Surgery has generally been recommended for all inguinal hernias to avoid complications such as strangulation, in which a loop of intestine becomes tightly trapped in a hernia, cutting off the blood supply to that part of the intestine.
If a hernia in an adult can be pushed back (reduced), surgery can be done at the person's convenience. If it cannot be pushed back, surgery must be done sooner. But surgery may not be needed if the hernia is small and you do not have symptoms. Consult with your doctor to decide if you need hernia repair surgery.
Surgery in children
Infants 6 months of age and younger who have inguinal hernias have a much higher risk of strangulation than older children and adults. So surgery for inguinal hernias in infants is not delayed like it can be for adults.
- Synthetic patches are not needed to repair an inguinal hernia in an infant.
- Some infants with inguinal hernias may need to be hospitalized for surgery rather than have surgery in an outpatient setting. These include infants who have lung problems, seizure disorders, or heart diseases from birth or those who were born prematurely.
One of the major decisions concerning infants and children is whether to explore the opposite groin area for a hernia during a hernia repair. A hernia develops in the other side of the groin in about 30 out of 100 children who have had hernia surgery.
Things to think about in deciding whether the other side should be explored include the overall health of the child, the risk of incarceration of a hernia, and the experience level of the surgeon (how many of these surgeries the doctor has done and his or her recurrence rates).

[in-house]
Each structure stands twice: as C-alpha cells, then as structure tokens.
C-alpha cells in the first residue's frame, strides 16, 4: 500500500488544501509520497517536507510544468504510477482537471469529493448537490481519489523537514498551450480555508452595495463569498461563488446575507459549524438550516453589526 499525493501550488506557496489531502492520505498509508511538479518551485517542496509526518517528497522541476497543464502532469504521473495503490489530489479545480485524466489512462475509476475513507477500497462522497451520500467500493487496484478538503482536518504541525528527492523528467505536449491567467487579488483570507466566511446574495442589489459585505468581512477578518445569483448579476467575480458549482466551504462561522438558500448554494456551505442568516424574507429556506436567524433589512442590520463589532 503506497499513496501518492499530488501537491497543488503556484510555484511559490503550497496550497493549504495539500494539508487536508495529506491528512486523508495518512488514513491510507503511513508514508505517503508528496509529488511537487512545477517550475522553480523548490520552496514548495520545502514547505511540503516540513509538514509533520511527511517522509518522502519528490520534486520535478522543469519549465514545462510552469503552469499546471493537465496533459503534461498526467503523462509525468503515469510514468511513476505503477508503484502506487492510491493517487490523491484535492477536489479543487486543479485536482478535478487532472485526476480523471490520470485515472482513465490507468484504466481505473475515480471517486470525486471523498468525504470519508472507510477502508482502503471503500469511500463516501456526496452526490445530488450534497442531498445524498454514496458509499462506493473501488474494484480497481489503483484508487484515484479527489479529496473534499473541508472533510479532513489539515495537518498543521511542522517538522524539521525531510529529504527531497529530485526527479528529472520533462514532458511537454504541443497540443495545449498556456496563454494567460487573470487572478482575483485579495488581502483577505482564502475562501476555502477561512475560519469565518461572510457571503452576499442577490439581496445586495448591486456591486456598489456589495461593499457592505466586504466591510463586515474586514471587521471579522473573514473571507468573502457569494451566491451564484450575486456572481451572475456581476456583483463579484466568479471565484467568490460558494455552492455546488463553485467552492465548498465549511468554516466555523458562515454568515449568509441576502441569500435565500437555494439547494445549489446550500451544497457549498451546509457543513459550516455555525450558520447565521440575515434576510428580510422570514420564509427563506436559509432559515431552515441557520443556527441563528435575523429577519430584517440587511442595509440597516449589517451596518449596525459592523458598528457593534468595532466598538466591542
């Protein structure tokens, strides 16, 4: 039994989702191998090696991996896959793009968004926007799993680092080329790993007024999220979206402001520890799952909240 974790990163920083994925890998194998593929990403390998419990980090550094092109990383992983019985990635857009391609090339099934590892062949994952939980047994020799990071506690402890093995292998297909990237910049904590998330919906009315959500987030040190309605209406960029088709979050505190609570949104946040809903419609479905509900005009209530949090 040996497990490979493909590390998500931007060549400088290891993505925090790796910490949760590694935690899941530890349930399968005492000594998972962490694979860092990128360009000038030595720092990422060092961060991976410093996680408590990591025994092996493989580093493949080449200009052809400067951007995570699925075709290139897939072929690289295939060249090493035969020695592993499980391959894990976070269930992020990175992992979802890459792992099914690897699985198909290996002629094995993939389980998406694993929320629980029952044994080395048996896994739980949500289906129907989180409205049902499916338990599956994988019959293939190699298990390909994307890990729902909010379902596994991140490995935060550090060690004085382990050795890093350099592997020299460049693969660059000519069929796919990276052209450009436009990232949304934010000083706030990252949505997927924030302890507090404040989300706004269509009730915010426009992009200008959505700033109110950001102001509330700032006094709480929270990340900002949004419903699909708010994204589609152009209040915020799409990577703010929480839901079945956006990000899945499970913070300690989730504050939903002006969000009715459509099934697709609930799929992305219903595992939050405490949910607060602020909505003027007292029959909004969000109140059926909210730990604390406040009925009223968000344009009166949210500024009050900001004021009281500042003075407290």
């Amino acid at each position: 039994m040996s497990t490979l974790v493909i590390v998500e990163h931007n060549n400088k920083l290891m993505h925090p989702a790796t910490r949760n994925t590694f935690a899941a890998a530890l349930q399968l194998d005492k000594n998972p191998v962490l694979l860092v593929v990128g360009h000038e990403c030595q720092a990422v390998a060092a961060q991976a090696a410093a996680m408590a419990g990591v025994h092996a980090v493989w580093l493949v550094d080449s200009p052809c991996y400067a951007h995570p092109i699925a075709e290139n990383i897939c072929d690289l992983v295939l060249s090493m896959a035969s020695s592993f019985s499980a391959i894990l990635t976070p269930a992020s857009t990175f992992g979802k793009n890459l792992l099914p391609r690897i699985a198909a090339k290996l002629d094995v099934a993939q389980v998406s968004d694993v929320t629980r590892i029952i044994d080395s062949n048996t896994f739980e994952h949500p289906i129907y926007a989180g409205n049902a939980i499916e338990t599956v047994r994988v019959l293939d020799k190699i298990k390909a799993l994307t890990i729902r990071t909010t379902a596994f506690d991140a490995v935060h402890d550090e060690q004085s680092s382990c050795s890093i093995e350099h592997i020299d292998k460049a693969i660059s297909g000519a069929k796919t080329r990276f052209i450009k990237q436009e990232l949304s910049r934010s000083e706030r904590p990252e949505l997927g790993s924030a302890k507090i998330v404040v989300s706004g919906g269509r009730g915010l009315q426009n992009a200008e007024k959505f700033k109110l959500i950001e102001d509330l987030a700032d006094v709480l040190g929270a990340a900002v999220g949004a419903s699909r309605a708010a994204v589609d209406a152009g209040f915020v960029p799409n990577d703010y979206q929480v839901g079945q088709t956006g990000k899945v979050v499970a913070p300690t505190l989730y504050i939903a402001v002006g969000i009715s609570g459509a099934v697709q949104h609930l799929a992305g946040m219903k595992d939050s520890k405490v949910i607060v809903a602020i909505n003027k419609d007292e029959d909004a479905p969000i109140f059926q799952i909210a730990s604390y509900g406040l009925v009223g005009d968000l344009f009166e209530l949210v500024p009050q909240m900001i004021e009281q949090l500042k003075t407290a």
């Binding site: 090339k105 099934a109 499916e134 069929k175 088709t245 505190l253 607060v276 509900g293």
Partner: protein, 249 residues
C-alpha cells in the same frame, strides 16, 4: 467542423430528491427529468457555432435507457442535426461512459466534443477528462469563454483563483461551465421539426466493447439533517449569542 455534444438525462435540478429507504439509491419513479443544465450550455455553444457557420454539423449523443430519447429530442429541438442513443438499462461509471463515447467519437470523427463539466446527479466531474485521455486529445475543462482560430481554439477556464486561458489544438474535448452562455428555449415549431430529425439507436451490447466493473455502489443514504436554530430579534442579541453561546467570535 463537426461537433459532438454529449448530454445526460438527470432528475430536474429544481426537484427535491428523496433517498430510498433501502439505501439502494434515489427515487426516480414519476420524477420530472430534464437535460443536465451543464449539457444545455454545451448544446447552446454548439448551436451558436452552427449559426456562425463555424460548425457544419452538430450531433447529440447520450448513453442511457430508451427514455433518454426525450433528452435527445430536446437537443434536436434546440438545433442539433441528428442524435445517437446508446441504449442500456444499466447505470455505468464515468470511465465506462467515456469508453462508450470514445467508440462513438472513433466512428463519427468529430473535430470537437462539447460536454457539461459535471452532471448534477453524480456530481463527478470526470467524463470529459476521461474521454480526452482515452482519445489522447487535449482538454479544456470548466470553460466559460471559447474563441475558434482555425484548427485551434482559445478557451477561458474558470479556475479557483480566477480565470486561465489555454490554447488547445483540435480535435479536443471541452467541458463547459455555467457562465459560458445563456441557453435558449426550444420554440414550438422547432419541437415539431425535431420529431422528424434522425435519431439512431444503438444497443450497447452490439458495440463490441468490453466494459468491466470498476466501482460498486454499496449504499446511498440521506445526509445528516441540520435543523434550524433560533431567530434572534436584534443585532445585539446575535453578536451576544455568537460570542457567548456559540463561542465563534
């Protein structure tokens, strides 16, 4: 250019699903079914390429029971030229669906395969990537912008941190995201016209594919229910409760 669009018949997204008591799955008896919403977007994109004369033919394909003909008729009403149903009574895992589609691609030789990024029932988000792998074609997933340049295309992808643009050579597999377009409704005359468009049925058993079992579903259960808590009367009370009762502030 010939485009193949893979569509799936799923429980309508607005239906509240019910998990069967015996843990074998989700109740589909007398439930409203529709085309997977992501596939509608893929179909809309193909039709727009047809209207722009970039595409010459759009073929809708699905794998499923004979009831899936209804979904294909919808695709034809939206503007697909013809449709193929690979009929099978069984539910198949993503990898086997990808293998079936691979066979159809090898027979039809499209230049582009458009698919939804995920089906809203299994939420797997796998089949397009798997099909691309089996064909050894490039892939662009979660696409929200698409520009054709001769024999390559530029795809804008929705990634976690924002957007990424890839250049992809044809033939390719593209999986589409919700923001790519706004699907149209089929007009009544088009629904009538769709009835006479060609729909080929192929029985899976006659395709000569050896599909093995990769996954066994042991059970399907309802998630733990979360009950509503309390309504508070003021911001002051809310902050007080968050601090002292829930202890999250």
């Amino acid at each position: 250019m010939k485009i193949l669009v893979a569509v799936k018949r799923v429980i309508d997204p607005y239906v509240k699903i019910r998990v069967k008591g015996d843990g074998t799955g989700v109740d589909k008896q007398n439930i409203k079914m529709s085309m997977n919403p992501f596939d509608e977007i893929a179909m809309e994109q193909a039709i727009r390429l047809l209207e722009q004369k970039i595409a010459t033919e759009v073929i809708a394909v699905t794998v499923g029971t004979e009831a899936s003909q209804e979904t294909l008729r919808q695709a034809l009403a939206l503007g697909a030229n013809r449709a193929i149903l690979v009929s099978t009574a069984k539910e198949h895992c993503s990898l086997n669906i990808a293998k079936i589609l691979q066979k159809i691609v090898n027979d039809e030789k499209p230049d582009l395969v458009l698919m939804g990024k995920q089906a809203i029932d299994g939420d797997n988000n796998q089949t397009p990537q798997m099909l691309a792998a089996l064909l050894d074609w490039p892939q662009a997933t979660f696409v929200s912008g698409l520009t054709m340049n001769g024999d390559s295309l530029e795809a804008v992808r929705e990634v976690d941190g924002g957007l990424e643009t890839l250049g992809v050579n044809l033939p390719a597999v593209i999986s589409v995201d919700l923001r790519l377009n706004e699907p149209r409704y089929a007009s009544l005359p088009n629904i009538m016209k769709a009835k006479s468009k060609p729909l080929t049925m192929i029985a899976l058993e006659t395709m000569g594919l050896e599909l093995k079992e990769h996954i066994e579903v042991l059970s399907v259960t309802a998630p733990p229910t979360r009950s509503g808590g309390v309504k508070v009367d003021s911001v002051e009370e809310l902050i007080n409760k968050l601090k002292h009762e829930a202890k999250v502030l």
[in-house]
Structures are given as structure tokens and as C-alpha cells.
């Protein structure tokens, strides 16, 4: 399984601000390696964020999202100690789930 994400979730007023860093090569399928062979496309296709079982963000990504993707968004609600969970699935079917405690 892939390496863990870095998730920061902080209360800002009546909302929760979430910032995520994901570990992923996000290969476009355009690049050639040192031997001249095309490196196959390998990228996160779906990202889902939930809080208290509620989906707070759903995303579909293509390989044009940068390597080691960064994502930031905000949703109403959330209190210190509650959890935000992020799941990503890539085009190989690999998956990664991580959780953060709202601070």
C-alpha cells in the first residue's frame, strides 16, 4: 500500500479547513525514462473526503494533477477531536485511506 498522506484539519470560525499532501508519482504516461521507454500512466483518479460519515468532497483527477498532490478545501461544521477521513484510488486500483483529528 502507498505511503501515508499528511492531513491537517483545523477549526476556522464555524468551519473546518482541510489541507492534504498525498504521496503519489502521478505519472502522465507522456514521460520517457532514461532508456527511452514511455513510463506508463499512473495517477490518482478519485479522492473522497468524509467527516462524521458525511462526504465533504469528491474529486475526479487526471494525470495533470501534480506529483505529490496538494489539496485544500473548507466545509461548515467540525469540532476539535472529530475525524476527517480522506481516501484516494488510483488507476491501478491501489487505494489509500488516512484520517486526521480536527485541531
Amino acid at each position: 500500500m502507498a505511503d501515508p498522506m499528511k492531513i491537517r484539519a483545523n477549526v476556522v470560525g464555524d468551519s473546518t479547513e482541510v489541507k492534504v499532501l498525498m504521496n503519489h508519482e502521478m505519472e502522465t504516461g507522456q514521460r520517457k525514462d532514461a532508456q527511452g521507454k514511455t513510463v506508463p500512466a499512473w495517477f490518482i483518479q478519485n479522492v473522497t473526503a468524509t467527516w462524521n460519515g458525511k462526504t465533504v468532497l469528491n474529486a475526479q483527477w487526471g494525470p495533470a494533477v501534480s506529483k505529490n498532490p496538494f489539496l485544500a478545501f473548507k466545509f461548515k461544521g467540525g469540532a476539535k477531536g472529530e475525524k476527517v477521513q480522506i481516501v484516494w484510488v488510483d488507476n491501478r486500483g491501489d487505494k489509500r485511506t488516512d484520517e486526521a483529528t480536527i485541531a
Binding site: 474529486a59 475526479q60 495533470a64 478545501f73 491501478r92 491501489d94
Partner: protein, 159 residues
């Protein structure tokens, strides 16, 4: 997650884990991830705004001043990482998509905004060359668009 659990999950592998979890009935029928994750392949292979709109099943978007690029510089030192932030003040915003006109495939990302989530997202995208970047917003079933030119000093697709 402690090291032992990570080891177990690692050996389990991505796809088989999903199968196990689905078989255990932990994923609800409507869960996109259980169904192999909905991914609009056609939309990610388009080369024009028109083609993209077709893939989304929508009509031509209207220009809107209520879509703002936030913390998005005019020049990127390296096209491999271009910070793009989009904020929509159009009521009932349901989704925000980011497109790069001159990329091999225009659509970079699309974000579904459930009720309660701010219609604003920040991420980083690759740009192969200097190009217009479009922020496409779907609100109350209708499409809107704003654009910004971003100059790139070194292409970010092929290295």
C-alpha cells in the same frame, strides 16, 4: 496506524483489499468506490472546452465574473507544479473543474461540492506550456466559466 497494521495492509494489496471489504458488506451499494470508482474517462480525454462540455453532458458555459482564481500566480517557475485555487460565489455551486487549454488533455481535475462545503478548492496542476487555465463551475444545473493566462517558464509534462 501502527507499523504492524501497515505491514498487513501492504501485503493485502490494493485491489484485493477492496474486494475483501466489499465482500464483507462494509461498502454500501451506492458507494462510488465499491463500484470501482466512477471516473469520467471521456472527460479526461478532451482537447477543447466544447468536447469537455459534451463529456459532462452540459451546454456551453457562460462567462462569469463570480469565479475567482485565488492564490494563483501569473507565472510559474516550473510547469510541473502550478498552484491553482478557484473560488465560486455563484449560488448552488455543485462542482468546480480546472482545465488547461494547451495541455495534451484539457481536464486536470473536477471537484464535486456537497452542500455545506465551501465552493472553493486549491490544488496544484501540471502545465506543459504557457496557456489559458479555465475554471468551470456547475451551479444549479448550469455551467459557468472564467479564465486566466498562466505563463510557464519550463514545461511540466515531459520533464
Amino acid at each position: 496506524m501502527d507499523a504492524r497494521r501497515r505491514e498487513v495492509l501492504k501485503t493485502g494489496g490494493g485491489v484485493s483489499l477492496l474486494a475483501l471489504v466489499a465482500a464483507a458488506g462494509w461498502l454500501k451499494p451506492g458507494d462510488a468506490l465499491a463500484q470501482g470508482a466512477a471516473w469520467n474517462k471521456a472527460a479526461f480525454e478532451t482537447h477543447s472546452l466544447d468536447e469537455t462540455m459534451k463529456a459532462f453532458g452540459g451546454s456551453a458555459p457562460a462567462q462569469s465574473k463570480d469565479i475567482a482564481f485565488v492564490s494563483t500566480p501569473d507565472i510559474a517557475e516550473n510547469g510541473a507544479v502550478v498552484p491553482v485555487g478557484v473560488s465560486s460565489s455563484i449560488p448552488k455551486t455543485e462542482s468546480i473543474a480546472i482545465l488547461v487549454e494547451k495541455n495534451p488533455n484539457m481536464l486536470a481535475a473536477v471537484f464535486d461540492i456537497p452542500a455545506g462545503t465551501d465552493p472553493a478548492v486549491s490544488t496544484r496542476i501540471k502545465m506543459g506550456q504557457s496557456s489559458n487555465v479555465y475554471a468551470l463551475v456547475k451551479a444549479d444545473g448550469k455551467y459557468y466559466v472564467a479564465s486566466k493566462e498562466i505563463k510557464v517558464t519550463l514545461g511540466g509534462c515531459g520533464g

Two types of surgery are done to repair inguinal hernias:
What to think about
Laparoscopic surgery may not be possible for a person who has tissues that have grown together (adhesions) from previous abdominal operations.
Most hernias that will recur do so within 5 years after surgery.
The risk of a hernia coming back after surgery varies depending on a surgeon's experience, the type of hernia, if mesh is used, and the person's age and overall health.
- The chance of a hernia coming back after surgery ranges from 1 to 10 out of 100 surgeries done.3
- Using mesh to repair the weak muscle in the belly wall decreases the chance the hernia will come back by more than half.4
There are some considerations before having inguinal hernia repair surgery, such as what kind of hernia repair is done most at the hospital or clinic. Talk with your doctor so that you make the best decision for your condition.
Recurrent inguinal hernias are harder to repair and pose more risks than initial hernia repairs. The risks linked with recurrent hernia surgery are more scar tissue, numbness and pain after surgery, and a greater chance of injury to a testicle or the spermatic cord.
Conditions that might increase the risk of recurrence include abdominal muscles that are not strong or healthy enough to "hold" the stitching (suture) material and bleeding or infection that weaken the repair.
Fertility is usually not affected by an inguinal hernia or hernia surgery. But in males there is a chance that surgery or an incarcerated hernia can cause injury to the vas deferens, the tube that carries sperm from the testicles to the urethra. It is not yet known how often or to what degree this affects a man's ability to father a child. In rare cases, surgery or an incarcerated hernia may injure the blood vessels that supply one or both testicles with blood, which may cause the affected testicle to shrink.